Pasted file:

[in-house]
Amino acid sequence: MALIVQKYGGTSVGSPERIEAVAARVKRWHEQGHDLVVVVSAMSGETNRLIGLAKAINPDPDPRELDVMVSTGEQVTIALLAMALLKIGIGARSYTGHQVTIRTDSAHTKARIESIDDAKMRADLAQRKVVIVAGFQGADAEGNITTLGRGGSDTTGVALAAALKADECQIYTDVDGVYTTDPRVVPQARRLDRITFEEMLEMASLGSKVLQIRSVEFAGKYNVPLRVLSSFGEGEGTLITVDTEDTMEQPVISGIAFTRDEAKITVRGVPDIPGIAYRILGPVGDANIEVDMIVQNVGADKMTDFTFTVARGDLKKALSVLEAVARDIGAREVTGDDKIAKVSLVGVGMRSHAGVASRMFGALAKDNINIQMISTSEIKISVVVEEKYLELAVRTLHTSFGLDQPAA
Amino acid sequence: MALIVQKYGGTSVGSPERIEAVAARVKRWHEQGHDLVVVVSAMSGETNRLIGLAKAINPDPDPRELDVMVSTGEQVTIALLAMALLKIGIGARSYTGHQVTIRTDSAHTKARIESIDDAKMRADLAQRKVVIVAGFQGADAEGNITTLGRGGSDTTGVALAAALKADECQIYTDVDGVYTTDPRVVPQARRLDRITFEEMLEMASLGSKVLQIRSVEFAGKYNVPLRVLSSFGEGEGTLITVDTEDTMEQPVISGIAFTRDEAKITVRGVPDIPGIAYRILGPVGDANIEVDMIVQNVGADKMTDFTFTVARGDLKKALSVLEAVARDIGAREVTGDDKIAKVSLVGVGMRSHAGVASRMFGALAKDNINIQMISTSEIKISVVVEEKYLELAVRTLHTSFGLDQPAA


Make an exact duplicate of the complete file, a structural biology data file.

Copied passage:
[in-house]
Amino acid sequence: MALIVQKYGGTSVGSPERIEAVAARVKRWHEQGHDLVVVVSAMSGETNRLIGLAKAINPDPDPRELDVMVSTGEQVTIALLAMALLKIGIGARSYTGHQVTIRTDSAHTKARIESIDDAKMRADLAQRKVVIVAGFQGADAEGNITTLGRGGSDTTGVALAAALKADECQIYTDVDGVYTTDPRVVPQARRLDRITFEEMLEMASLGSKVLQIRSVEFAGKYNVPLRVLSSFGEGEGTLITVDTEDTMEQPVISGIAFTRDEAKITVRGVPDIPGIAYRILGPVGDANIEVDMIVQNVGADKMTDFTFTVARGDLKKALSVLEAVARDIGAREVTGDDKIAKVSLVGVGMRSHAGVASRMFGALAKDNINIQMISTSEIKISVVVEEKYLELAVRTLHTSFGLDQPAA
Amino acid sequence: MALIVQKYGGTSVGSPERIEAVAARVKRWHEQGHDLVVVVSAMSGETNRLIGLAKAINPDPDPRELDVMVSTGEQVTIALLAMALLKIGIGARSYTGHQVTIRTDSAHTKARIESIDDAKMRADLAQRKVVIVAGFQGADAEGNITTLGRGGSDTTGVALAAALKADECQIYTDVDGVYTTDPRVVPQARRLDRITFEEMLEMASLGSKVLQIRSVEFAGKYNVPLRVLSSFGEGEGTLITVDTEDTMEQPVISGIAFTRDEAKITVRGVPDIPGIAYRILGPVGDANIEVDMIVQNVGADKMTDFTFTVARGDLKKALSVLEAVARDIGAREVTGDDKIAKVSLVGVGMRSHAGVASRMFGALAKDNINIQMISTSEIKISVVVEEKYLELAVRTLHTSFGLDQPAA